Justice Sandra Day O'Connor Updates Educational Video Game 'Win the...

Game-Based Learning

Justice Sandra Day O'Connor Updates Educational Video Game 'Win the White House' for 2016

By Blake Montgomery     Mar 28, 2016

Justice Sandra Day O'Connor Updates Educational Video Game 'Win the White House' for 2016

iCivics, a nonprofit founded by Supreme Court Justice Sandra Day O'Connor, has released an updated version of her campaign simulator game Win the White House, one of nineteen games in her iCivics suite, for the 2016 election. The game was first released in 2012 and is designed for grades four through 12. The game tasks players with raising funds, poling voters, conducting media campaigns and making personal appearances to garner electoral support. The update includes tablet and mobile compatibility, more player customization and an expanded participation in the election primaries.

Deciding Tromp's essential campaign issues during the primaries.

Others iCivics games include Do I Have a Right?, which simulates the management and cases of a constitutional law firm, and Do I Have a Right? Bill of Rights Edition. The three games aim to promote student engagement with the law and political process. According to the New York Times, students have played through Win the White House 250,000 times in March alone, and iCivics claims that students played its games 3.2 million times in 2015.

We gave the game a quick test run to understand how it reflects 2016's electoral process. Playing as Dernald Tromp, a candidate modeled after Donald Trump, we found that the game initially penalized us for choosing inflammatory and divisive statements like "Why are we even working with other countries? America needs no one." instead of the more moderate "We need to hang on to our culture and values, even as we work with other countries" in response to a question about global cooperation and independence.

As players progress to the actual campaign for the election, they accrue votes—270 to triumph—by fundraising, polling constituents and making appearances as their chosen candidates. The voting patterns of states don't necessarily correspond to the voting patterns of real life states, and players are tasked with generating momentum in states to gain funding and electoral votes. We were at first befuddled by how attack ads and speeches work in the game, but we got the hang of it a bit too late. Dernald Tromp lost to candidate Stevens in our second go-round.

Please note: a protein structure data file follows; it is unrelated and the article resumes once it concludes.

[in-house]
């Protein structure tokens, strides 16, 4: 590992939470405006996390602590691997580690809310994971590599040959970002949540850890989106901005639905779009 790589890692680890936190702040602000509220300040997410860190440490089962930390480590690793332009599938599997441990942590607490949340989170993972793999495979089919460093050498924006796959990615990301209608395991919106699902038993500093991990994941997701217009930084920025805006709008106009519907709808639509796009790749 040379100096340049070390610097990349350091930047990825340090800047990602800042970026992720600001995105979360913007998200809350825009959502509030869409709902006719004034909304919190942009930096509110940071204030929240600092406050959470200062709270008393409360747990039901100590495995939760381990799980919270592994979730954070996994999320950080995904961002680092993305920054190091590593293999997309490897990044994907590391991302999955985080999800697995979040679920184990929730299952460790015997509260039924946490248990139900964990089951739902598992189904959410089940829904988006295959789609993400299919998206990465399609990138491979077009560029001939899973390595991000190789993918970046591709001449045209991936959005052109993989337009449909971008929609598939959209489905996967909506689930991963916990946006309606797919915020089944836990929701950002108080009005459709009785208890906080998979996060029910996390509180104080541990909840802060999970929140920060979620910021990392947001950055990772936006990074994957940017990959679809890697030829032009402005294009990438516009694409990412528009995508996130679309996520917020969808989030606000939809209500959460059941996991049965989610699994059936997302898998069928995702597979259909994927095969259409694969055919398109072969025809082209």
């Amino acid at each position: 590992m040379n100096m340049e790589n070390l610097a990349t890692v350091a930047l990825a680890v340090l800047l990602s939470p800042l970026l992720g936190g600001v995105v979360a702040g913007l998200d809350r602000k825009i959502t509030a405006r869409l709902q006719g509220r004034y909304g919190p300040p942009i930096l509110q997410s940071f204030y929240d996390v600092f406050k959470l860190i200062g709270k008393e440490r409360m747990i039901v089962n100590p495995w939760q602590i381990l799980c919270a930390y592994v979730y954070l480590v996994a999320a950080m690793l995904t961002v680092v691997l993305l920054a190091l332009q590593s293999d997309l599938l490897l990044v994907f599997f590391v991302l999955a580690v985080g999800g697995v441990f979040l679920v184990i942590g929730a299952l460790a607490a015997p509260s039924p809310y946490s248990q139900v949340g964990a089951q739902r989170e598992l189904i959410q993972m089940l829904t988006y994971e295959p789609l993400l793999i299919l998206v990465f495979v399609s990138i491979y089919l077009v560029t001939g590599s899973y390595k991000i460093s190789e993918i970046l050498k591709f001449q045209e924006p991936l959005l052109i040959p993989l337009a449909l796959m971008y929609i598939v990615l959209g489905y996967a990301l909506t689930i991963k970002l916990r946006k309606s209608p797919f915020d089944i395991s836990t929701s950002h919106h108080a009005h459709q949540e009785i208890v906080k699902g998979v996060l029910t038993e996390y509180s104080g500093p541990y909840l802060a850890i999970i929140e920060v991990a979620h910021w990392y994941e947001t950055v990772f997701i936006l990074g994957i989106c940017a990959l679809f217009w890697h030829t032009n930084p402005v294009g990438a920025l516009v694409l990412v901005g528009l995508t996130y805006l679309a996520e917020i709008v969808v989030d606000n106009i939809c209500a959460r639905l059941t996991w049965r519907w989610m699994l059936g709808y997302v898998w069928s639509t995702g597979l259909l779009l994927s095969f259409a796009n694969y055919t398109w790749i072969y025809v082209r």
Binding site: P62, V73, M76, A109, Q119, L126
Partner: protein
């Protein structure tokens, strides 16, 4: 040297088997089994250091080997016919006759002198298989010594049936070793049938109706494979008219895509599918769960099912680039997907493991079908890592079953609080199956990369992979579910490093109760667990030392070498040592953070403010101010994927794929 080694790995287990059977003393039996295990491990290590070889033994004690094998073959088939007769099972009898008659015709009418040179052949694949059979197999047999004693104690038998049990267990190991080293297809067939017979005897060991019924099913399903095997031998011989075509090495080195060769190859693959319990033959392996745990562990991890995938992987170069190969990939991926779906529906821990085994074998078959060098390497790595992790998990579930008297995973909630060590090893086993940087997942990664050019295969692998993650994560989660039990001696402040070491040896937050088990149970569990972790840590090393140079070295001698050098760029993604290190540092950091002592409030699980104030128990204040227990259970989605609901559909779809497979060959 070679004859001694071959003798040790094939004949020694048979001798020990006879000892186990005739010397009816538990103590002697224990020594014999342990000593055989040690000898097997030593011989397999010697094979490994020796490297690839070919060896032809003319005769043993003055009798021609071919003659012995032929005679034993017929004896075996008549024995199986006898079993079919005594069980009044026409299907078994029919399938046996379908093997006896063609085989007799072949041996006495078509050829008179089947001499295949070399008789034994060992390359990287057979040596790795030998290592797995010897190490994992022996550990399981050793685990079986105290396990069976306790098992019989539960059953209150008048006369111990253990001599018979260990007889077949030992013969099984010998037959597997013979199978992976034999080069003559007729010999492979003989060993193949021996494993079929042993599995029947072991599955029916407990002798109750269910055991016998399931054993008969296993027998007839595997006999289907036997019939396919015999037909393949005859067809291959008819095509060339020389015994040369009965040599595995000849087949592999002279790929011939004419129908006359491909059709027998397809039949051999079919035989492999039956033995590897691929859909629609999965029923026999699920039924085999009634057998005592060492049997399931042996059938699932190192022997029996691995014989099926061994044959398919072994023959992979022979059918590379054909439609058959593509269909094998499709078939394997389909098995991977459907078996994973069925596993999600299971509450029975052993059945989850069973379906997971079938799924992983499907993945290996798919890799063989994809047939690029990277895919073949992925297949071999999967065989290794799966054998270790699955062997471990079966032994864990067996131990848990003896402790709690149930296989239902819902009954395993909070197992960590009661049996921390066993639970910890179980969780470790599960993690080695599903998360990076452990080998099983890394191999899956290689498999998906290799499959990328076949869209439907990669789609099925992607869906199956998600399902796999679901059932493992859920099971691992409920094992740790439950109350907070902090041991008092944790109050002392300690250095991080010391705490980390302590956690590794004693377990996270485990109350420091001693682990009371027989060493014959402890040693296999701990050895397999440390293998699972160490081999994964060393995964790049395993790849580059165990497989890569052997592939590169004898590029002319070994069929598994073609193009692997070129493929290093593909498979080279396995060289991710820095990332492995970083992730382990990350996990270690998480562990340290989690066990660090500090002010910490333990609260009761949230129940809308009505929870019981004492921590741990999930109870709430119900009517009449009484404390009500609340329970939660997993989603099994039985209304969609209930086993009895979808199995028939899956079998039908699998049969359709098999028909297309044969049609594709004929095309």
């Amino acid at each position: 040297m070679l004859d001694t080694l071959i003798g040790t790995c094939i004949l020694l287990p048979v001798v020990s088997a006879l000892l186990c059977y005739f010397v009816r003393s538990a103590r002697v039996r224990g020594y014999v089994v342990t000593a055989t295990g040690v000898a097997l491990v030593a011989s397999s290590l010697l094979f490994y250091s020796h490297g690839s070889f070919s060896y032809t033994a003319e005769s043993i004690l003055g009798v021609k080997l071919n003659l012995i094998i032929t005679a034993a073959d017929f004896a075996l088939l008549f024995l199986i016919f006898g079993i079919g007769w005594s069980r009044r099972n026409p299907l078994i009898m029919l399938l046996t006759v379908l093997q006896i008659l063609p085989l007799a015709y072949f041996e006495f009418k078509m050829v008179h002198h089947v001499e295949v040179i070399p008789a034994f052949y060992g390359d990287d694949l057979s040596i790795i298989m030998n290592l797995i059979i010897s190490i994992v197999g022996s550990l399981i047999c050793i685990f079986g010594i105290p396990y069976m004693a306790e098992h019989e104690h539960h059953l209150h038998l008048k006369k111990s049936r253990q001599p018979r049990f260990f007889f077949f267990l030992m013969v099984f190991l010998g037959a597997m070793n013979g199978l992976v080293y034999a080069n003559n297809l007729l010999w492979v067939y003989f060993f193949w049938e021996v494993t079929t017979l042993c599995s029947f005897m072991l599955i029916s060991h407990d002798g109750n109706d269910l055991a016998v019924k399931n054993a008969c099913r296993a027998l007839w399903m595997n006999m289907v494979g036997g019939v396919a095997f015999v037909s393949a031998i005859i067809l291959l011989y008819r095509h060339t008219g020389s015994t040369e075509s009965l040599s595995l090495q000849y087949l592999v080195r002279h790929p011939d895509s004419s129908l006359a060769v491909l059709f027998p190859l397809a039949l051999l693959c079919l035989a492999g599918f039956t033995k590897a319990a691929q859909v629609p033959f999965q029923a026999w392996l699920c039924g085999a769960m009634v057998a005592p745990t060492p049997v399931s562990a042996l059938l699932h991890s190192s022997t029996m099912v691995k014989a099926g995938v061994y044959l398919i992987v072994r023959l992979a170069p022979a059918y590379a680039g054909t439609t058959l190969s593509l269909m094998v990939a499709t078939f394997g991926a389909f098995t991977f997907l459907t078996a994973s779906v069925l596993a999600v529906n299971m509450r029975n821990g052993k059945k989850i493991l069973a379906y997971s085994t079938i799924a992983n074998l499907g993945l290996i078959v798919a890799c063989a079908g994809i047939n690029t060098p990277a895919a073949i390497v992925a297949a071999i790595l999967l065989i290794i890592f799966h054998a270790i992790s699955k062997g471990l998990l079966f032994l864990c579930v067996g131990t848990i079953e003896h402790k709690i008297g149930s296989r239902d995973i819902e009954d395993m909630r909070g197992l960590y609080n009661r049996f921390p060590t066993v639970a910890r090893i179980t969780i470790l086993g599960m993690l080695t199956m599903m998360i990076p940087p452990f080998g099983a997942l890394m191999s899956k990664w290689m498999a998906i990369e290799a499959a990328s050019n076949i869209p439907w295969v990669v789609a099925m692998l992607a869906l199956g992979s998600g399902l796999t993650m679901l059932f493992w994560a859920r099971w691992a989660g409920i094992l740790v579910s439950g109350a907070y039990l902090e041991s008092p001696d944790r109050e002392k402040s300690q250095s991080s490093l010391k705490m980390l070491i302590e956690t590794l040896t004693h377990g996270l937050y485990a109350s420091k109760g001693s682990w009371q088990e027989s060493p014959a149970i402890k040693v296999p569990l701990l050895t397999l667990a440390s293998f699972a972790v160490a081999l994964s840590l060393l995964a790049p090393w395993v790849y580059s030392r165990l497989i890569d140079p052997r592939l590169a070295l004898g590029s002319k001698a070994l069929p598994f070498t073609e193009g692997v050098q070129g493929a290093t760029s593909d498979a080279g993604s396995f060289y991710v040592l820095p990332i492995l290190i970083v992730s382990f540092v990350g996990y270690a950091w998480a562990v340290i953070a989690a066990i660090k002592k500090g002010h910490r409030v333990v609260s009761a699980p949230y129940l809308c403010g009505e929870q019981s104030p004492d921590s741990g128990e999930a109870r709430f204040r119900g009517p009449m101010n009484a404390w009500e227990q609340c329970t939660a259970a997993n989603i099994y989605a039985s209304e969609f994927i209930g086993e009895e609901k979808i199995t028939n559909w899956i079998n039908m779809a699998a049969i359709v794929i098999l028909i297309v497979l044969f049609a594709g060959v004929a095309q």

The game teaches players about the processes by which candidates conduct a campaign and garner support. It taught us a few things about how states swing back and forth for one or another candidate. Unlike real politics, the campaign deals in binary situations: your statements either help you or they don't. There are few freak outcomes. Our biggest takeaway was learning about the typical sides taken on each issue, i.e. how does the GOP normally talk about energy independence? What do the Democrats usually have to say about global cooperation?

Note: We played the version of Win the White House intended for high school students and above. There are also versions designed for elementary and middle school students.

The presidential race between Tromp and Boyle on Win the White House. The game asks players to fundraise, poll, run media campaigns and make appearances as their chosen candidate.
In our second stab at the game, when we played all the way through the election, we lost to candidate Stevens.

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